10 Ways to Unhurry

  “Be.”  My One Word for this year. Honestly, how can so much be packed into one little, itty-bitty word?   A Few Thoughts on “My ONE WORD” This word, BE,  has truly taken me all over the place so far this year.  In fact, it might require another year. (And I wondered if this…

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Deborah Haddix

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“Be.”  My One Word for this year.

Honestly, how can so much be packed into one little, itty-bitty word?


A Few Thoughts on “My ONE WORD”

This word, BE,  has truly taken me all over the place so far this year.  In fact, it might require another year. (And I wondered if this were a good, solid word!)


There no way I can adequately share the depth and breadth of what I have learned and continue to learn about this word:  stillness, quiet, waiting, walking, presence….
          And HURRY!
Yes, my time with this power-packed word even brought me face-to-face with my hurriedness.


Scratching the Surface of What God Has Taught Me

  • It’s okay to be busy. Busyness is a by-product of life.
  • It is NOT okay to be hurried. Hurriedness is the migration of busyness into the soul where it squeezes out God.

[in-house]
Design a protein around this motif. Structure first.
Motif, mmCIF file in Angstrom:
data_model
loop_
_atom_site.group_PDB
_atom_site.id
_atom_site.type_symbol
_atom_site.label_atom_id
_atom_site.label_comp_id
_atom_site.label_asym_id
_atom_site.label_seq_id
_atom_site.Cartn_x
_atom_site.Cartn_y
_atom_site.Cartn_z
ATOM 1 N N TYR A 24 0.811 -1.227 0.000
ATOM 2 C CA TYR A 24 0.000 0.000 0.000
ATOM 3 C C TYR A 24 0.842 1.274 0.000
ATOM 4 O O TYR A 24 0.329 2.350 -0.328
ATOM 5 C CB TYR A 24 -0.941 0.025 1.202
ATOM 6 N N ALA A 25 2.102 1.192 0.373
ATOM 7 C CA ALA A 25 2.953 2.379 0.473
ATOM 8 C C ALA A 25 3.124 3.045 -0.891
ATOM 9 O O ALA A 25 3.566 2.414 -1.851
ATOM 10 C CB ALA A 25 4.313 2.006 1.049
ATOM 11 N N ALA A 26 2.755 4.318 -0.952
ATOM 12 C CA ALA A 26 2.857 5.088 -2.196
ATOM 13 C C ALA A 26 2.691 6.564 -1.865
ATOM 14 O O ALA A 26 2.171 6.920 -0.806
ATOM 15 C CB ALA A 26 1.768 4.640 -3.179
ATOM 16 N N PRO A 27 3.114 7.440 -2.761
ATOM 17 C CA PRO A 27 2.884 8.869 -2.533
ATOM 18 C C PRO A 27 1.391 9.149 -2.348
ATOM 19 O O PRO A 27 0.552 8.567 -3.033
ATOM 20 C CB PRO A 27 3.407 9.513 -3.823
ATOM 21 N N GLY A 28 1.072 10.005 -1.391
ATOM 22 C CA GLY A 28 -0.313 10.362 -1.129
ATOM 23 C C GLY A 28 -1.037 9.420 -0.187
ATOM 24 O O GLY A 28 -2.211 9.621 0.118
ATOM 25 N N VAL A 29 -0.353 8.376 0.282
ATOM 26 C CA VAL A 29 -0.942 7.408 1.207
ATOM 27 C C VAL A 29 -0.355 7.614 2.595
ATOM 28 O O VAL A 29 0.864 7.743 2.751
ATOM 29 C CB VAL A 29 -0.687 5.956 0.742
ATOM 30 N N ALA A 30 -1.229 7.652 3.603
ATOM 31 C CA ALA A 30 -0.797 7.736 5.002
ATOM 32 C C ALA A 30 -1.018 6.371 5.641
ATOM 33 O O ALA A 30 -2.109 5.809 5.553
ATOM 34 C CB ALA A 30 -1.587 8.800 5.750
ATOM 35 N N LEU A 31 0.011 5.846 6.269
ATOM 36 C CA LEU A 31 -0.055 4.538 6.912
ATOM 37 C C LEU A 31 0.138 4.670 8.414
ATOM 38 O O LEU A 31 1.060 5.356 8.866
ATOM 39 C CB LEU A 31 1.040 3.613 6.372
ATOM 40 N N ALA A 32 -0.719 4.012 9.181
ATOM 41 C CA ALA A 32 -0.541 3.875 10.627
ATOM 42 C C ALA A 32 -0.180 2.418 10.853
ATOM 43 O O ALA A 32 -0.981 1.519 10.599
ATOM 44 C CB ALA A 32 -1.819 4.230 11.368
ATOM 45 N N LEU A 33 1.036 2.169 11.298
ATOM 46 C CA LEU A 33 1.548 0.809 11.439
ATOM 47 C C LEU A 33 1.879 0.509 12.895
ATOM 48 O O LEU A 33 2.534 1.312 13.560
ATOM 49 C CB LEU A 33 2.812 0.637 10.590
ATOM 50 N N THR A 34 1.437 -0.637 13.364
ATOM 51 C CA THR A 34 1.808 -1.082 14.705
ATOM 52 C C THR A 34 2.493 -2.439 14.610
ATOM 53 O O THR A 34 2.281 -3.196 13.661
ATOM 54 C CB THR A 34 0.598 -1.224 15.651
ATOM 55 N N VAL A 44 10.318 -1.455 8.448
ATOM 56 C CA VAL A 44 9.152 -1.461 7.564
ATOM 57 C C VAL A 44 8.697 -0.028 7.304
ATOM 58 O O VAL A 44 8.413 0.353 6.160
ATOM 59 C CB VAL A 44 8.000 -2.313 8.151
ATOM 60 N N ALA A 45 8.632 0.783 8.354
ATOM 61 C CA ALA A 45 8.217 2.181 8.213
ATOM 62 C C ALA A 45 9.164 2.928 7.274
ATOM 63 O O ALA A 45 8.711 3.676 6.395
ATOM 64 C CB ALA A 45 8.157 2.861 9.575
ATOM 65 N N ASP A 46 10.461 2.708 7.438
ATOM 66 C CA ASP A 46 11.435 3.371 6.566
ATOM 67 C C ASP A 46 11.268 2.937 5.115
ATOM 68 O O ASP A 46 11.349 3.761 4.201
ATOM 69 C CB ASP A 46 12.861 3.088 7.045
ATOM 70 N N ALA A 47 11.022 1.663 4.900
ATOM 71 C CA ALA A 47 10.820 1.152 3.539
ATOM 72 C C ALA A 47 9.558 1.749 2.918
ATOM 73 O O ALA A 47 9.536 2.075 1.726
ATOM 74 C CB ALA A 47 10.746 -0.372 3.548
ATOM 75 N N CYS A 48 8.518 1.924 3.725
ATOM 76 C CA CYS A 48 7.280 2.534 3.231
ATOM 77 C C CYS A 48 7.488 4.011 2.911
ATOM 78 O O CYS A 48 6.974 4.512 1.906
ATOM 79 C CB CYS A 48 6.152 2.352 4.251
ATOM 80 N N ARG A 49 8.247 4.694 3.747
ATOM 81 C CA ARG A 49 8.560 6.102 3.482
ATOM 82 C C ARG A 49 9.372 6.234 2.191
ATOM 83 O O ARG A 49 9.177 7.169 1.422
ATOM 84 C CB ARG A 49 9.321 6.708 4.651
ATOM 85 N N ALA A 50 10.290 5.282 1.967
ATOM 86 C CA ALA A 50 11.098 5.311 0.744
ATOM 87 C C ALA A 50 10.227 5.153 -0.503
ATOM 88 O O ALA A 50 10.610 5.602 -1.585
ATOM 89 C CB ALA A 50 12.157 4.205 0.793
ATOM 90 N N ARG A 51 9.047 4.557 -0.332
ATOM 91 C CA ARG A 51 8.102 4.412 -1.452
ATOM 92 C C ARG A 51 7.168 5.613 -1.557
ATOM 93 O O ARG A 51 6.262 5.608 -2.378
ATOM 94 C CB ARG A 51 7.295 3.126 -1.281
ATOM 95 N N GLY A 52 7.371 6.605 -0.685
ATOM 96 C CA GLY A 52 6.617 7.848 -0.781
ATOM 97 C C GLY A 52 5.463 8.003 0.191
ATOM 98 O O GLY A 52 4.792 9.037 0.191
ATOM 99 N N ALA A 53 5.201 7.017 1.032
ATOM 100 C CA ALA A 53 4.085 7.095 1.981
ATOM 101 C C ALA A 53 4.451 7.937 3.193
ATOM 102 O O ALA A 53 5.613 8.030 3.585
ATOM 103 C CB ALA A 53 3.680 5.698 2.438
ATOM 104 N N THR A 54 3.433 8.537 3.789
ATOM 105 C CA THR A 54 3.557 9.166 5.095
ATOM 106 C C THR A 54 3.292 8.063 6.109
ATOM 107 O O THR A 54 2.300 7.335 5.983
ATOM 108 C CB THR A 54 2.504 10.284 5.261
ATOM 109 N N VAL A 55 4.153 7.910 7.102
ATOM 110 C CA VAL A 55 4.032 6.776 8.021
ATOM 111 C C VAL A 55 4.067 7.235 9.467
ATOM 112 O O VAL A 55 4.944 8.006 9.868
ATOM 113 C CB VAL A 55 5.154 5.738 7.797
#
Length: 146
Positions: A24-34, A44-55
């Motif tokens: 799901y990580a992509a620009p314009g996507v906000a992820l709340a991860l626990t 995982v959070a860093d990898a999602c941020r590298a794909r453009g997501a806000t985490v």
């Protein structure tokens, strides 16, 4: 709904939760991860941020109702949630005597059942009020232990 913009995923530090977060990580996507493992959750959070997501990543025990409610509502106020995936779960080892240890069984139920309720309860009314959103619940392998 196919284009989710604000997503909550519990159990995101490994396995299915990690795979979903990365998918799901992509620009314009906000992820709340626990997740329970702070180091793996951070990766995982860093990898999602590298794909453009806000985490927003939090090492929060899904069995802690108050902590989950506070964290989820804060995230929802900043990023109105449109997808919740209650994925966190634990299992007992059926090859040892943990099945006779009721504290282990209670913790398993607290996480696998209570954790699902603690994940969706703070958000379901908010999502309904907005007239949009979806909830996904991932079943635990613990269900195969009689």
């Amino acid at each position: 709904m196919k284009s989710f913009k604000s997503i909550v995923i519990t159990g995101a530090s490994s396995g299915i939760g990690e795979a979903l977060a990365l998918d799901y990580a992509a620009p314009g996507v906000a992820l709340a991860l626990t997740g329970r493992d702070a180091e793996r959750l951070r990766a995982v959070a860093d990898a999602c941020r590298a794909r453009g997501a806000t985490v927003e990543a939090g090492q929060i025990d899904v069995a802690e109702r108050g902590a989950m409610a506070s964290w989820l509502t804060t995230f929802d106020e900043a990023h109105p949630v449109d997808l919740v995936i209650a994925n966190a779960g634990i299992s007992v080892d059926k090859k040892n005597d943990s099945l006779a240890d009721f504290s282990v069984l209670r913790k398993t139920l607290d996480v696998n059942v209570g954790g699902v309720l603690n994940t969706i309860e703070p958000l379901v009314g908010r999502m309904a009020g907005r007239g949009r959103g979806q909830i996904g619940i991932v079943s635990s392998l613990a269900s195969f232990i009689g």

• “All the running offers is breathless anxiety.” Leeana Tankersley, Breathing Room
  • HURRY = MPH resulting in an anxious, driven, frenzy of life.
  • The hurried lifestyle is UNSUSTAINABLE.
  • “Hurry is the great enemy of spiritual life in our day. You must ruthlessly eliminate hurry from your life.”  Dallas Willard.
  • My soul craves rest (unhurry).
  • Doing nothing does wonders for the soul!
  • Jesus knew the power of a rested soul.
  • God is NEVER in a HURRY!
  • God wants to keep me company. I need to allow Him the space.
As I wrestled with these thoughts and others, I realized that I have lived most of my adult life in “emergency mode” driven by an internal impulse to get to some obscure NEXT THING – damaging the health of my soul.
Echoing the opening words from Alan Fadling’s An Unhurried Life, I am now a recovering speed addict” (my inner pace of life, that is, not the drug).  Jesus, my unhurried Savior, invites me to walk with Him, to keep Him company.
So I ask.  I ask Him to teach me to move at the pace of grace.  I ask Him to help me learn to BE.


Learning to Walk at the Pace of Grace and to Be Still

10 ideas for an unhurried life


It’s not easy for a recovering speed addict to take her foot off of the accelerator.  Sometimes it’s difficult to even know what that looks like let alone do it.
Here are a few ways I am moving from hurried to unhurried, from anxious frenzy to BEING.
  1. Setting a timer and sitting in silence with God – five minutes, seven, ten. No talking.  Just listening.
  2. Taking a walk around the neighborhood or a nearby park. No phone, no ipod, no earbuds.  Quietly listening to the world around me.
  3. Praying in Color. Sitting with God as I wordlessly offer my loved ones and their care to Him.
  4. Meditating on Scripture.
  5. Journaling for my soul which invites me to be still and focuses my attention.
  6. Napping.